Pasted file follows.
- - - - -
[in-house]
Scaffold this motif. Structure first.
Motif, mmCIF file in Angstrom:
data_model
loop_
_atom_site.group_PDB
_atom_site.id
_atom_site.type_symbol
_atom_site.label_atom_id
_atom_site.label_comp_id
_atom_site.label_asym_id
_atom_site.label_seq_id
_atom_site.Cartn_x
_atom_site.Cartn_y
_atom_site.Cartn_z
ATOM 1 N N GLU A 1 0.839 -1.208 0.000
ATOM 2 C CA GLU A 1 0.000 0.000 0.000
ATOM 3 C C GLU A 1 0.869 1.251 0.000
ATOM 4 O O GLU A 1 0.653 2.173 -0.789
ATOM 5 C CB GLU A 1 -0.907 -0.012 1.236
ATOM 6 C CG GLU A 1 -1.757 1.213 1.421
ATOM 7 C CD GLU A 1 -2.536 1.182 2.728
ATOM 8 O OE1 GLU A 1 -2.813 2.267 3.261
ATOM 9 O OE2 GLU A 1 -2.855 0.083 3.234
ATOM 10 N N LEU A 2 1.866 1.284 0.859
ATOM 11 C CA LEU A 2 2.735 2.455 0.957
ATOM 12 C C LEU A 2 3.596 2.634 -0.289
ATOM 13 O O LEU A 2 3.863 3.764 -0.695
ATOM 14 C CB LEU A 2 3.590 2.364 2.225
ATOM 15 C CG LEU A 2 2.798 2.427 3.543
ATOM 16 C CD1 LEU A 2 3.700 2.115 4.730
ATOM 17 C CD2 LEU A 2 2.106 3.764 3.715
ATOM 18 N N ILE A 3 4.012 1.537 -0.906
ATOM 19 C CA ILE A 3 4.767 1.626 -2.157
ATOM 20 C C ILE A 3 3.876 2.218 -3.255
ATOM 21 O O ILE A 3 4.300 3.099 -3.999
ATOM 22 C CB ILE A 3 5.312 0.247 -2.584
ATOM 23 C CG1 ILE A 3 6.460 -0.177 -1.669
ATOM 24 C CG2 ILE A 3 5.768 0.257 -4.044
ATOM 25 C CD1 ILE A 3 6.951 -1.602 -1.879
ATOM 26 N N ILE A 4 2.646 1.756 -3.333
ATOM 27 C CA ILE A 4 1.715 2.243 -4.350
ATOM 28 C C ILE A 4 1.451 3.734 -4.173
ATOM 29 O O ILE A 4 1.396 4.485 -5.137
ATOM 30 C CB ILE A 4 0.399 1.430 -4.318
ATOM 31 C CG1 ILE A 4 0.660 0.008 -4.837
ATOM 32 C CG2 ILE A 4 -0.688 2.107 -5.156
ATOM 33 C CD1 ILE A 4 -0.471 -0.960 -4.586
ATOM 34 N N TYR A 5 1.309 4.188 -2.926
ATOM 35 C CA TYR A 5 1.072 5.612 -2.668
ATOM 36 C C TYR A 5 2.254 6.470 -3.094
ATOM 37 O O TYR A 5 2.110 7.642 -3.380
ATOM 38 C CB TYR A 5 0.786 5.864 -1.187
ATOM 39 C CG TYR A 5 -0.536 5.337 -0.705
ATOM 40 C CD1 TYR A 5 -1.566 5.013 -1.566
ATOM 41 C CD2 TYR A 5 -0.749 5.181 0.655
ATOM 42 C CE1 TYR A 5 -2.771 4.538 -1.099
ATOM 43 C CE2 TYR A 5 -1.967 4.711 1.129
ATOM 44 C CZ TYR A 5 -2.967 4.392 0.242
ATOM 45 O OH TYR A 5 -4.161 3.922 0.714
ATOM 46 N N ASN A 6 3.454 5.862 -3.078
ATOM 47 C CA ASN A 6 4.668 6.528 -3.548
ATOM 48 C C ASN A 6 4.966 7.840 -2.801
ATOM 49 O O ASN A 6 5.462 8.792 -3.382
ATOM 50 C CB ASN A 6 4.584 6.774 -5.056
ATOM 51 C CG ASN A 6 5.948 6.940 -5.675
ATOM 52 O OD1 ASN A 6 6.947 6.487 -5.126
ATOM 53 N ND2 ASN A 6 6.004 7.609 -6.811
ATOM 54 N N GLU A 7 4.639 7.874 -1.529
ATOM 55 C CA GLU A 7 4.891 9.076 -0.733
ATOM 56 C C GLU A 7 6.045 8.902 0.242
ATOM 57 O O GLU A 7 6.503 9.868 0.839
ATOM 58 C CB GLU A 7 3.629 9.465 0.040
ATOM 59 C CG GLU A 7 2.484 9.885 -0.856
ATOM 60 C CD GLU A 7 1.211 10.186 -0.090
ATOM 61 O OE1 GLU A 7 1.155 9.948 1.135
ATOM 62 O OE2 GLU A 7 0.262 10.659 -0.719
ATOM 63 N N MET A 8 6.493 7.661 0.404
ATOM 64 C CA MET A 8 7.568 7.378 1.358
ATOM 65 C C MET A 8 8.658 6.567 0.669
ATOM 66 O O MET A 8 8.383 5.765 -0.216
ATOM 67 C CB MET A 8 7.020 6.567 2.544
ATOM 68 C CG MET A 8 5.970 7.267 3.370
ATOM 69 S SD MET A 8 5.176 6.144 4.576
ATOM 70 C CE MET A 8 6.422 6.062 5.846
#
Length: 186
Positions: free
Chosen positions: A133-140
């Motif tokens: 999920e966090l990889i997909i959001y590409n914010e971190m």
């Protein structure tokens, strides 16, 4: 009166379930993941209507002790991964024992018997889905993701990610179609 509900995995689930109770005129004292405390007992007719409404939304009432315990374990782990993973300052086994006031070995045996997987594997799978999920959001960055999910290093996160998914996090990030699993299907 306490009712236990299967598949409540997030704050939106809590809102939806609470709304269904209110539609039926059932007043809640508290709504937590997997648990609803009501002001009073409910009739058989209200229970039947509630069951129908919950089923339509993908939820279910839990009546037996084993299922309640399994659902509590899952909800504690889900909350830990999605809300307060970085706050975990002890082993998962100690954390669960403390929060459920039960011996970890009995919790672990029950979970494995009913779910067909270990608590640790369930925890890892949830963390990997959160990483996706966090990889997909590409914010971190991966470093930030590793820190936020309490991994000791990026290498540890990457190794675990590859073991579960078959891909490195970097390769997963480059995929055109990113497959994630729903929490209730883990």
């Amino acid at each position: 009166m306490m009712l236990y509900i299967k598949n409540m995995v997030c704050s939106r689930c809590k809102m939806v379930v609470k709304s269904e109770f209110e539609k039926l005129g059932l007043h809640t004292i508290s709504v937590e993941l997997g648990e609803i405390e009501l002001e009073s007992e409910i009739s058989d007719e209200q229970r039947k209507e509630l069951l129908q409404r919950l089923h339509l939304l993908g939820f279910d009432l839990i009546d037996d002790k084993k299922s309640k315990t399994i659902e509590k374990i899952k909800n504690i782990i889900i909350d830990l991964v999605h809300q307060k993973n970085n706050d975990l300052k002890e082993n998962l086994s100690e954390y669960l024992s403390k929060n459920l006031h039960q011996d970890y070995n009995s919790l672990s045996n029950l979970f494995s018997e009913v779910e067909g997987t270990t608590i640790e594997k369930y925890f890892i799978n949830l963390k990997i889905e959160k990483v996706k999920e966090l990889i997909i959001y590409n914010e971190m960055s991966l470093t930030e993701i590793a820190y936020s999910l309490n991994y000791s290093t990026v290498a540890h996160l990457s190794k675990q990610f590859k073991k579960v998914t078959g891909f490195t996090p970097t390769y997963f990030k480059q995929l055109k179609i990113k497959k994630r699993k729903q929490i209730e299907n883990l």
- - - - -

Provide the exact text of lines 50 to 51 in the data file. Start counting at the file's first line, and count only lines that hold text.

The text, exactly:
ATOM 35 C CA TYR A 5 1.072 5.612 -2.668
ATOM 36 C C TYR A 5 2.254 6.470 -3.094